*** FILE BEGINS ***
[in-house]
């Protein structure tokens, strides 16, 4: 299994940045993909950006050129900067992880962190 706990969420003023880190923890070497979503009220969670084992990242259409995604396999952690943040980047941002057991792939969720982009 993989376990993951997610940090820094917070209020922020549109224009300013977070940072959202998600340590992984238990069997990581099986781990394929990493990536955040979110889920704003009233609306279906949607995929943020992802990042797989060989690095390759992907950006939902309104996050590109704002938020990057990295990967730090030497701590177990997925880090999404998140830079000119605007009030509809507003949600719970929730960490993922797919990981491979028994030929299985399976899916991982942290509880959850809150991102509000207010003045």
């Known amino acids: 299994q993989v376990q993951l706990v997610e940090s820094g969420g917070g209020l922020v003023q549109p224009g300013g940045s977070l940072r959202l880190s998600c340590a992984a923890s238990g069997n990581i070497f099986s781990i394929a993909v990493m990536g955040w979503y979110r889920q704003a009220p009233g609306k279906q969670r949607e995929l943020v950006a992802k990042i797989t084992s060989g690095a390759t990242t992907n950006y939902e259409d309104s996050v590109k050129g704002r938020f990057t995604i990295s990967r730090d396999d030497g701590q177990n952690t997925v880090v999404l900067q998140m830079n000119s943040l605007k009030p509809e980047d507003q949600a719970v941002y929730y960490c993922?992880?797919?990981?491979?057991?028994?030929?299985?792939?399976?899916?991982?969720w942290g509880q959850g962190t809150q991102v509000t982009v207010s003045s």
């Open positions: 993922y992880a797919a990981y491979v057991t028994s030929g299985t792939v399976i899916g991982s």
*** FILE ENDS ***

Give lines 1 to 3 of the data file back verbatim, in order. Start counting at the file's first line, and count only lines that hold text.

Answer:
[in-house]
């Protein structure tokens, strides 16, 4: 299994940045993909950006050129900067992880962190 706990969420003023880190923890070497979503009220969670084992990242259409995604396999952690943040980047941002057991792939969720982009 993989376990993951997610940090820094917070209020922020549109224009300013977070940072959202998600340590992984238990069997990581099986781990394929990493990536955040979110889920704003009233609306279906949607995929943020992802990042797989060989690095390759992907950006939902309104996050590109704002938020990057990295990967730090030497701590177990997925880090999404998140830079000119605007009030509809507003949600719970929730960490993922797919990981491979028994030929299985399976899916991982942290509880959850809150991102509000207010003045």
């Known amino acids: 299994q993989v376990q993951l706990v997610e940090s820094g969420g917070g209020l922020v003023q549109p224009g300013g940045s977070l940072r959202l880190s998600c340590a992984a923890s238990g069997n990581i070497f099986s781990i394929a993909v990493m990536g955040w979503y979110r889920q704003a009220p009233g609306k279906q969670r949607e995929l943020v950006a992802k990042i797989t084992s060989g690095a390759t990242t992907n950006y939902e259409d309104s996050v590109k050129g704002r938020f990057t995604i990295s990967r730090d396999d030497g701590q177990n952690t997925v880090v999404l900067q998140m830079n000119s943040l605007k009030p509809e980047d507003q949600a719970v941002y929730y960490c993922?992880?797919?990981?491979?057991?028994?030929?299985?792939?399976?899916?991982?969720w942290g509880q959850g962190t809150q991102v509000t982009v207010s003045s």